12 The ICBC reportedly provided the financing to install left turn lanes in a city street when the roads authority would not, regarding this as a good investment in reducing claims arising from accidents (Ericson, Doyle and Barry 2003: 277). Our reconceptualisation of liability as regulation offers a vision of law as part of a wider system for the regulation and accountability of public service providers, and offers a means to better communicate between the disciplines of law and public administration through the lens of regulation. Furthermore the way that intermediaries translate risks of liability into responses may or may not reflect the underlying risks associated with particular activities. If liability is regarded as a facet of regulation then such questions bear on an evaluation of how good it is in steering public bodies towards appropriate reduction of risky activities, whilst enabling them to sustain their public-regarding activities. 12

13 REFERENCES Adler, M (2003) A Socio-Legal Approach to Administrative Justice Law & Policy, vol. 25(4) pp Ayres, Ian and John Braithwaite (1992) Responsive Regulation (Oxford, Oxford University Press). Baldwin, and Cave, (1999) Understanding Regulation (Oxford, Oxford University Press) Baldwin, Scott and Hood (eds) (1998) A Reader on Regulation (Oxford, Oxford University Press) Better Regulation Task Force "Better Routes to Redress." London: Cabinet Office. Cane, Peter (2002b) Responsibility in Law and Morality (Oxford: Hart Publishing, 2002 Cane (2002a) Using Tort Law to Enforce Environmental Regulation Washburn Law Journal, (41) Cane (2004) Administrative Law as Regulation in Parker, Scott, Lacey and Braithwaite (eds) Regulating Law (Oxford, Oxford University Press) Carr, Simon (2007) They all Want Compensation, but Few Will Take Responsibility for its Effects on Society The Independent 22 February 2007 (London). Corbett, A (2002) The (Self) Regulation of Law: A Synergistic Model of Tort Law and Regulation UNSW Law Journal 25(3) pp Corbett, A (2006) Regulating Compensation for Injuries Associated with Medical Error Sydney Law Review 28(2) pp Cowan, Halliday and Hunter (2006) Adjudicating Homelessness: the Promise of Socio- Legal Studies Housing Studies Daintith and Page (1999) The Executive in the Constitution: Structure, Autonomy, and Internal Control (Oxford University Press, Oxford) Davies, A. (1999) Don t Trust Me, I m a Doctor: Medical Regulation and the 1999 NHS Reforms Oxford Journal of Legal Studies, vol. 20(3), pp Dewees, Donal, David Duff, and Michael Trebilcock Exploring the Domain of Accident Law. New York: Oxford University Press. Drewry & Harlow A Cutting Edge? The Parliamentary Commissioner and MPs (1990) 53 MLR 745. Douglas, M and Wildavsky, A (1982) Risk and Culture (Berkeley, University of California) Epp (2000) Exploring the Costs of Administrative Legalization: City Expenditures on Legal Services, Law and Society Review, 34(2), Epp (2005) Legal Liability as a Form of Regulation: A Comparison of Police, Playgrounds, and Personnel, paper presented at the Law & Society Association 13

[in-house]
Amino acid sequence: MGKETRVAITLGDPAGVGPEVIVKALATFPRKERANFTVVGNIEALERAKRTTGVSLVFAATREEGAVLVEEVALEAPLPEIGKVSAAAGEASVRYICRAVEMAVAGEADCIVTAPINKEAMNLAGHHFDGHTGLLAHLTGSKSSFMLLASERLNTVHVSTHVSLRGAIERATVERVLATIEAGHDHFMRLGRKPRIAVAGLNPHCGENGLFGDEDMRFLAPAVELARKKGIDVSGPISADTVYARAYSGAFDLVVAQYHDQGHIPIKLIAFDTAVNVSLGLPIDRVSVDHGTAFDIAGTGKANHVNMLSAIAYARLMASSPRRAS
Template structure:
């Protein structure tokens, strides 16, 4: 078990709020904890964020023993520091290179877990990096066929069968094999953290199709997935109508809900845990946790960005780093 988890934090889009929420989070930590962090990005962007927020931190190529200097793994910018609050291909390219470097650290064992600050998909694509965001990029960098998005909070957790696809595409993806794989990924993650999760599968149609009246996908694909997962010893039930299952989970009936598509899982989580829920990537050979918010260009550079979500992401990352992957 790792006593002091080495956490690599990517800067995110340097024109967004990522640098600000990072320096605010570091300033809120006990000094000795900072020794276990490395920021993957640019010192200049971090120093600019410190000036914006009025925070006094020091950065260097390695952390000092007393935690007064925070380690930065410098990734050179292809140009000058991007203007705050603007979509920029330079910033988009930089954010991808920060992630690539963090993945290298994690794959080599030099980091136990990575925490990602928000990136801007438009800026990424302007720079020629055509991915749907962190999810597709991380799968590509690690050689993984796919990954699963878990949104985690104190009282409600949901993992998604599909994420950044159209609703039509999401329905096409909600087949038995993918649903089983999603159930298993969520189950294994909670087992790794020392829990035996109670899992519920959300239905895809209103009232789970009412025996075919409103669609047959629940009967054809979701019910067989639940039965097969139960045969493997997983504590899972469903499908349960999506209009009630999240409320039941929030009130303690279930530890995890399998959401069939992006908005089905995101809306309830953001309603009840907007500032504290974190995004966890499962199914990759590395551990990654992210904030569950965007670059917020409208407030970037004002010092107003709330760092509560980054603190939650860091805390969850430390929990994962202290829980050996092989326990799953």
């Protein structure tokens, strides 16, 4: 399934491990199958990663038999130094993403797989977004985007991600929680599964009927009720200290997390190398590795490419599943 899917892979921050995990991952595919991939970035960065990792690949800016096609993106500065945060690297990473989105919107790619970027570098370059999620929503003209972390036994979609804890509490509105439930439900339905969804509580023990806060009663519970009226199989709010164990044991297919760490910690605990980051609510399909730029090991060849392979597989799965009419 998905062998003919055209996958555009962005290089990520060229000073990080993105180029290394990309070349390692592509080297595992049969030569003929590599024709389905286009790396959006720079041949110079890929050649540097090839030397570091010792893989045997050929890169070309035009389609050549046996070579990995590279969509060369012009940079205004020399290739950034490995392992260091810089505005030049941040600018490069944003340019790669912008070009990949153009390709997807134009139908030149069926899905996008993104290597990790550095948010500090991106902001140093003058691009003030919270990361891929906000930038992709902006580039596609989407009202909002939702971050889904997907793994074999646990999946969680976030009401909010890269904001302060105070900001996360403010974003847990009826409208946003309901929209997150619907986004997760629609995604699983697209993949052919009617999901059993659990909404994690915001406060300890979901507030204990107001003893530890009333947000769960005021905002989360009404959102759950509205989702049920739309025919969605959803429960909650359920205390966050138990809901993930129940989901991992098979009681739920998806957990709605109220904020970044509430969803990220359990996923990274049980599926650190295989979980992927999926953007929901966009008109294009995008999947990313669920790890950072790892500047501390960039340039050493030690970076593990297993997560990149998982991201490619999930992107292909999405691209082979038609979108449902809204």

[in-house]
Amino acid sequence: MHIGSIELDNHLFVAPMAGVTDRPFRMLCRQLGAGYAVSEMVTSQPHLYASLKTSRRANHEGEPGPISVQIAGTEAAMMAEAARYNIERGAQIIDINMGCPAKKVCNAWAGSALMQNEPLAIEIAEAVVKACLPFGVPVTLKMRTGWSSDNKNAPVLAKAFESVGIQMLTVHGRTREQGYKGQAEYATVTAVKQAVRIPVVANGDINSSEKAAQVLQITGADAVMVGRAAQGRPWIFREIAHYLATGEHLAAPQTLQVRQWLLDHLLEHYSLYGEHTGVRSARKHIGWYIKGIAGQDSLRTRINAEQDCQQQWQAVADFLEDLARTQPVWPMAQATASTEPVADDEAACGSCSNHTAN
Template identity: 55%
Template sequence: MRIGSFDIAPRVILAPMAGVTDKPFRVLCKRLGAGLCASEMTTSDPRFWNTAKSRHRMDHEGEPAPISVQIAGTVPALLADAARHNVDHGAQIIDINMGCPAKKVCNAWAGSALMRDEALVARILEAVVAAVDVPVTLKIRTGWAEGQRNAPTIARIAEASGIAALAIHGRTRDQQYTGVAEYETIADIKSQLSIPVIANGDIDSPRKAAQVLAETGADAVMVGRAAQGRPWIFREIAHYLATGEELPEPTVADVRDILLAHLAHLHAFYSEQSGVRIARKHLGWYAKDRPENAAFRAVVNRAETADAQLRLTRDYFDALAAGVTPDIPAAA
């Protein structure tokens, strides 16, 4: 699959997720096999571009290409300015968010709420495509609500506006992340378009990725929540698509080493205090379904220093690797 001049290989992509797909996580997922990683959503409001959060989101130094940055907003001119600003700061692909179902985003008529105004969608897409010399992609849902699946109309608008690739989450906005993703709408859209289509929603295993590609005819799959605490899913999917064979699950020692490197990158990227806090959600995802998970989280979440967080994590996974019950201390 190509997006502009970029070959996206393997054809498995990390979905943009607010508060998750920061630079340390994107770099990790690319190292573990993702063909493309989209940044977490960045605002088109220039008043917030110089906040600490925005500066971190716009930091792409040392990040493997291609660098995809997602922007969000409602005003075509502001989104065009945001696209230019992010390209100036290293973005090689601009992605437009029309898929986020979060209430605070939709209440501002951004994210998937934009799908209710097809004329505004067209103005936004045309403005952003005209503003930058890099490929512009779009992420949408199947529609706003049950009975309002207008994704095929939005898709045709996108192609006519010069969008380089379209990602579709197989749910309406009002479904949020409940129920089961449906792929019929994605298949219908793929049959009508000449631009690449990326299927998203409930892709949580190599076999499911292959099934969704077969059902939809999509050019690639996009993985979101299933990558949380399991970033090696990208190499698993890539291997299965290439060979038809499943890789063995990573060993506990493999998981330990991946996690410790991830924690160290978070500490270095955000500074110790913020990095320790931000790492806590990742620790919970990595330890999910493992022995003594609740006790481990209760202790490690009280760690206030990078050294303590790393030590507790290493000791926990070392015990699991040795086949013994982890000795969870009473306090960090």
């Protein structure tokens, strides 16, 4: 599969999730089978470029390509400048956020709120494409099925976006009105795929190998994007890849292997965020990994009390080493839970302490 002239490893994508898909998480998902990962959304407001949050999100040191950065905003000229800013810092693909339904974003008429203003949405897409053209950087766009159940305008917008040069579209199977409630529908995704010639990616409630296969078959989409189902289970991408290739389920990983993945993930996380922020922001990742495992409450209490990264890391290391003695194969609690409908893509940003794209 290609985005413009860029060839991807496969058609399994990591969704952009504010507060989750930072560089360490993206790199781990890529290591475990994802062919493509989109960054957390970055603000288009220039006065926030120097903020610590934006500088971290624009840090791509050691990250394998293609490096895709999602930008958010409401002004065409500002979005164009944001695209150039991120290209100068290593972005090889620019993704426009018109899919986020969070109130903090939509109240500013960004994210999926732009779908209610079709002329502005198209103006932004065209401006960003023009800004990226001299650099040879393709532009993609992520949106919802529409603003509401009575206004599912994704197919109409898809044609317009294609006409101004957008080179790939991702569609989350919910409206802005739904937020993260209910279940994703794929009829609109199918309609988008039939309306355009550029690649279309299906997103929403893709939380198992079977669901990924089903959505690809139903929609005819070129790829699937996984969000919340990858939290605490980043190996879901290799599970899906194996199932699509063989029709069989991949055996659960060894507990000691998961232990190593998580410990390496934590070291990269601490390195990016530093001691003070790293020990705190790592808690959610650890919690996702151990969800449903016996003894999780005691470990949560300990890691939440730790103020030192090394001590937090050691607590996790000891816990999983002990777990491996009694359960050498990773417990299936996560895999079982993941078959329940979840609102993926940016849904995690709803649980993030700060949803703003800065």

14 Summer Institute, Oxford Centre for Socio-Legal Studies, Oxford, England, June 29-July 3, 2005 Ericson, Richard V., Aaron Doyle, and Dean Barry Insurance as Governance. Toronto: University of Toronto Press. Halliday (2004) Judicial Review and Compliance with Administrative Law (Oxford, Hart Publishing) Hertogh & Halliday (eds) Judicial Review and Bureaucratic Impact: International and Interdisciplinary Perspectives (Cambridge, Cambridge University Press) Hogan, Vincent "A Cost-Benefit Analysis of the Personal Injuries Assessmen Board." Dublin: Personal Injuries Assessment Board. Hood, Scott, James, Jones, and Travers (1999) Regulation Inside Government: Waste- Watchers, Quality Police, and Sleeze-Busters (Oxford, Oxford University Press) Hood, C., Rothstein, H., and Baldwin, R (2001) The Government of Risk (Oxford, Oxford University Press) Hood, Christopher, Oliver James, Guy Peters, and Colin Scott Controlling Modern Government: Variety, Commonality and Change. Cheltenham: Edward Elgar. Huber, Peter W (ed) Phantom Risk: Scientific Inference and the Law (Cambridge, Mass, MIT Press). IBEC nd Ireland s Personal Injury Compensation Culture: Fact or Fiction? (Dublin, IBEC). Lewis, Richard (2006) How Important are Insurers in Compensating Claims for Personal Injuries in the UK? 31 (2) The Geneva Paper on Risk and Insurance. Linden, A.. (1973) Tort Law as Ombudsman 51 Canadian Bar Review 155; Linden, A. (1983) Reconsidering Tort Law as Ombudsman. In: F Steel, S Rodgers- Magnet (eds). Issues in Tort Law. Toronto: Carswell, at Markesinis, Basil, and Jorg Fedtke "Damages for the Negligence of Statutory Bodies: The Empricail And Comparative Dimension to an Unending Debate." Public Law: Mashaw, J (1983) Bureaucratic Justice: Managing Social Security Disability Claims (New Haven, Yale University Press) Mnookin, R.H. and Kornhauser, L. (1979) Bargaining in the Shadow of the law 88 Yale Law Journal, pp Morris, Annette (2007) Spiralling or Stablising? The Compensation Culture and Our Propensity to Claim Damages for Personal Injury 70 Modern Law Review

15 O Riordan, Timothy and James Cameron (1994) Interpreting the Precautionary Principle (London, Earthscan). Parker, Christine and John Braithwaite (2003) Regulation in Cane and Tushnet (eds) Oxford Handbook of Legal Studies (Oxford, Oxford University Press) Parker, Christine, Colin Scott, Niki Lacey and John Braithwaite (eds) 2004 Regulating Law (Oxford, Oxford University Press). Partington, Martin "Access to Justice: Re-Forming The Civil Justice System of England and Wales." Common Law World Review 30: Power, Michael "The Risk Management of Everything." London: Demos. Rose-Ackerman (1991) Tort Law in the Regulatory State in P.Schuck (ed) Tort Law and the Public Interest (New York, Norton) Scott, Colin (2002) Private Regulation of the Public Sector 29 Journal of Law and Society Selznick, Philip "Focusing Organizational Research on Regulation." in Regulatory Policy and the Social Sciences, edited by Roger Noll. Berkeley: University of California Press. Seneviratne Ombudsmen: Public Services and Administrative Justice (2002) (Cambridge, Cambridge University Press) Stapleton (2004) Regulating Torts in Parker, Scott, Lacey and Braithwaite (eds) Regulating Law (Oxford, Oxford University Press) Vincent-Jones, P (1999) The Regulation of Contractualisation in Quasi-Markets for Public Services Public Law, pp Viscusi, Kip (2002) ed Regulation Through Litigation (Washington, AEI-Brookings Joint Center for Regulatory Studies). Zurich Municipal, and Local Government Association "Suing the Council - Helping the Citizen or Harming the Community?" London: Local Government Association. 15

LIABILITY AS REGULATION. Simon Halliday, University of Strathclyde Simon.halliday@strath.ac.uk

LIABILITY AS REGULATION. Simon Halliday, University of Strathclyde Simon.halliday@strath.ac.uk LIABILITY AS REGULATION Simon Halliday, University of Strathclyde Simon.halliday@strath.ac.uk Colin Scott, University College Dublin Colin.scott@ucd.ie Please do not cite without the permission of the